In human genome annotations, the variant chr14:29247628 TAAAC >T was located within an alternative exon of a long non-coding RNA gene (LINC01551). Within the mouse, chicken and zebrafish annotation and supporting data, there were no RNA transcripts containing the variant.17 As the variant position is conserved back to fish, and the transcript evidence is not supportive of transcription of the highly conserved region in other species, we considered whether the variant might be situated within a cis-regulatory region. We examined predicted transcription factor binding motifs overlapping the deletion and observed a match to Forkhead transcription factor binding sites, including JASPAR profile matches for FOXC1, FOXI1 and FOXG1 (figure 6). Proteins in the evolutionarily conserved superfamily of the Forkhead transcription factors share the presence of a DNA binding domain and a transactivation or transrepression effector region, and play a central role during development as well as in the adult.18 The binding motif for both FOXC1 and FOXI1 profiles would be obliterated by the deletion. Due to two consecutive AAAC repeats, the FOXG1 binding motif is present twice in the reference sequence, with one copy remaining after the deletion. Publicly available mouse ChIP-seq data (GSE96070) showed that Foxg1 binds to this site in cortex tissue from E14–15 brain.19 Thus, it appears that the deletion is situated within a Forkhead TF binding site, in a highly conserved region with conservation patterns consistent with a functional role in the cis-regulation of FOXG1.
We identified a new locus for isolated strabismus in a family, and this locus overlapped with the locus for FOXG1 syndrome, which has a high prevalence of strabismus. This finding suggests that the strabismus phenotype within FOXG1 syndrome may represent an independent disruptive mechanism from the other phenotypes. We recognised the limitation of the available clinical data from eight individuals, of whom five have a history of strabismus surgery. The nature of the surgery was unknown and since they were studied at different ages, the effect of prolonged adaptation to incomitance would have affected the strabismus at the time of examination, potentially masking the initial pathology. The interpretation of the phenotypic diversity should be re-evaluated if additional information becomes available. In-depth phenotyping of individuals without strabismus surgery illustrated clinical heterogeneity of strabismus within the family. This suggests that while a specific molecular lesion may lead to strabismus, the specific clinical type is determined by other factors. We examined both coding and non-coding variants, which led to identification of a potential strabismus causing sequence alteration of a Forkhead TFBS within the FOXG1-TAD, suggesting disruption of cis-regulation.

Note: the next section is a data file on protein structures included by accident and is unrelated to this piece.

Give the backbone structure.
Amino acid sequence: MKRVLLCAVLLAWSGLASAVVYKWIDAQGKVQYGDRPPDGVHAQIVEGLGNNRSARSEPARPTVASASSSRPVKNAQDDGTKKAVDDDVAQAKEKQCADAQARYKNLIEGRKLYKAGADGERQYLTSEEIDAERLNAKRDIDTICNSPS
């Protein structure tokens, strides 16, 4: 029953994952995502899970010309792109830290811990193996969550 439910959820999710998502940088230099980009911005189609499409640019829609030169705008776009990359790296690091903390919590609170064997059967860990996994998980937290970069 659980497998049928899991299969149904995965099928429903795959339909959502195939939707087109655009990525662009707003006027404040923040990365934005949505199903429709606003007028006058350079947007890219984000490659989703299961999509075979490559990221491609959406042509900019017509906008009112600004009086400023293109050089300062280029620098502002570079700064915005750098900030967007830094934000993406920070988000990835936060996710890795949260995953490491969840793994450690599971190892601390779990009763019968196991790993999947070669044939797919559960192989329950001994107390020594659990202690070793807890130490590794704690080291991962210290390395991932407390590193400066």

To the best of our knowledge, our report contains the largest isolated strabismus pedigree in the literature with the highest LOD score. A LOD score of 4.69 was obtained for a single linkage peak on chromosome 14. Moreover, the segregation of the disease in this family is consistent with autosomal dominant inheritance. A 3 Mb haplotype was shared by all affected participants and was absent from unaffected participants.
In this family, the strabismus types were not uniform. The clinical presentation in the majority of patients at the time of examination did not adhere to a classical neurological pattern, such as cranial nerve IV palsy. The various types of strabismus, however, appear to be caused by the same genetic factor since the linked haplotype is shared by all strabismic individuals. Our observation of strabismus variability in the subject family, review of the literature20 21 and personal communication with other research groups suggests the current strabismus classification scheme is unhelpful for genetic studies: existing strabismus classification systems may inappropriately be separating individuals sharing a common underlying genetic cause and thus weaken study power. This may explain the paucity of studies detecting and confirming strabismus loci in the literature.3